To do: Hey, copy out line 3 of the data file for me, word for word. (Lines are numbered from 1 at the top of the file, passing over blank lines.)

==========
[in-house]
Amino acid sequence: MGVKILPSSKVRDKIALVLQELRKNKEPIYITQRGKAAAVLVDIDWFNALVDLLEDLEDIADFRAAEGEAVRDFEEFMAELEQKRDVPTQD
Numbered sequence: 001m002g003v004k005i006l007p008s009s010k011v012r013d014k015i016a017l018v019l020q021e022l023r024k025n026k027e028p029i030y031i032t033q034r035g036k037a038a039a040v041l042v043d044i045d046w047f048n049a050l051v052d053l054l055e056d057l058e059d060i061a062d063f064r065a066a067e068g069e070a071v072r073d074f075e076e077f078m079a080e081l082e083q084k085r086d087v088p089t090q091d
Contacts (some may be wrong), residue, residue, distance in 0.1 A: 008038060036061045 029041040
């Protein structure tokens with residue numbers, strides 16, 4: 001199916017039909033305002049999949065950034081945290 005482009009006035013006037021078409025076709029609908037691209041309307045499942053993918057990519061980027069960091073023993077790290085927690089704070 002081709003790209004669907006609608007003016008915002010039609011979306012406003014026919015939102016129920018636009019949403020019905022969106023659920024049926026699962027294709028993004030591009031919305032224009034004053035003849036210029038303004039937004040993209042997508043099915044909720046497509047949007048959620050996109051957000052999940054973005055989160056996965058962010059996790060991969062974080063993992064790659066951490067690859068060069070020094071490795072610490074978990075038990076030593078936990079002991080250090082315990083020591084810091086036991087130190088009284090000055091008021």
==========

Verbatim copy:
Numbered sequence: 001m002g003v004k005i006l007p008s009s010k011v012r013d014k015i016a017l018v019l020q021e022l023r024k025n026k027e028p029i030y031i032t033q034r035g036k037a038a039a040v041l042v043d044i045d046w047f048n049a050l051v052d053l054l055e056d057l058e059d060i061a062d063f064r065a066a067e068g069e070a071v072r073d074f075e076e077f078m079a080e081l082e083q084k085r086d087v088p089t090q091d